From here we picked up a lane and soon joined the A684 main road for a steady jog and a bit of traffic-dodging over a couple of kilometres into Sedbergh where we were met by Jan and Benji just as the heavens opened and it began to pour down.

…back to David…

Carrot Cake by Candlelight anyone?

Sixteen hours later we were outside the Tan Hill Pub, trying to work out how 3 men, a dog, 6 sets of wet kit, 3 bags of food and 3 bags of clothes/camping gear/wet running shoes could fit into my campervan, as the gales were still blowing and Mike and Geoff had decided that pitching tents was not an option. Paul Gibson made the same decision earlier – not sure if it was chivalry or cowardice, but, faced by the scene of several flattened tents held down by stones, he volunteered to drive Mandy and Louise back to Cowgill and then home to comfy beds and dry surroundings, on condition that they all returned for leg 8 on Sunday.

We had survived running and cycling in horrendous conditions,we had placated Scarey Mary serving food in the pub,all meekly agreeing to have mash even though we had all ordered chips. We had enjoyed good company, a few beers, live music and George doing his fundraising bit with the Olympic Torch – how that worked its magic, with young and old all wanting a photo or a hold – but how would we get through the night?

Frantic piling up of gear ensued,in darkness apart from 2 headtorches and a candle on the front dash board, with the van swaying constantly as the wind and rain continued. Detailed negotiation established the boundaries – I am having a bed (me). I will need to get to the loo during the night (me). I will sleep anywhere as long as its not out there (Geoff). I don’t think I snore(Mike). I am happy to sleep with the dog (Mike).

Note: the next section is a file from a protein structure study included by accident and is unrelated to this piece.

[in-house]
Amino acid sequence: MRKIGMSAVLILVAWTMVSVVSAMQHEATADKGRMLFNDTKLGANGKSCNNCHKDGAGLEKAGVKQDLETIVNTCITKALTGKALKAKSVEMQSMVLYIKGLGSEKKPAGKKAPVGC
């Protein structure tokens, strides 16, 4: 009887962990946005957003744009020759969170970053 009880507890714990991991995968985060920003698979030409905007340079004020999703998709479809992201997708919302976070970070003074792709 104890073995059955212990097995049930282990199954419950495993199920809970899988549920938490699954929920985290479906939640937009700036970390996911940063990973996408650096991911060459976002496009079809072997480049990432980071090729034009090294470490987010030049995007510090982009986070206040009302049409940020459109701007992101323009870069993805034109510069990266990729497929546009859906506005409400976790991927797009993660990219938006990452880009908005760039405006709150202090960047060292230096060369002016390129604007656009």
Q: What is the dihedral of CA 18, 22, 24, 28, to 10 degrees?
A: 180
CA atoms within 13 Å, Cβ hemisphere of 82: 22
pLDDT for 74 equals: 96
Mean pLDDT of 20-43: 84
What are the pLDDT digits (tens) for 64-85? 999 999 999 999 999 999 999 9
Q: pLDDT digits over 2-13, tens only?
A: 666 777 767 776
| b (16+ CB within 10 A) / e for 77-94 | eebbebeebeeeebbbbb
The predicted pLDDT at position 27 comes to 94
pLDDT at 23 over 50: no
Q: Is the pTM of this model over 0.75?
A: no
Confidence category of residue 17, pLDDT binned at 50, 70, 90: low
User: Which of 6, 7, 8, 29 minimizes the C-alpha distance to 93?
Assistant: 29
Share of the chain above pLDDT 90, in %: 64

In the end we were sorted,gear piled up to the van roof in every available space,Geoff and I “top and tailing” on the bed ,Mike in the front passenger seat in full recline,Benji (the dog) on the floor under the dashboard,with enough space to allow access to the loo and stove,comfortable enough for Mike to reveal a large slab of homemade carrot cake which we washed down with hot tea. Sleep was fitful, my trips to the loo, the continuing storms, the noisy party in the pub, 3 men and a dog tossing and turning in a very confined space and a strange, damp, soggy odour permeating the van, which strangely got worse and worse as the weekend progressed.

By daybreak the whole place smelt like a bag of ferrets, the van doors were flung open and under a blue sky with no rain we breakfasted al fresco in the company of two of Geoff’s friends, a pair of tame sheep who apparently grew up by the fire inside the pub. A good job he hadn’t met them the night before, as I haven’t a clue how we could have fitted them in as well!!

…and now David Catterick…

Leg 9: Eggleston to The Grove (Hamsterley), 5.77M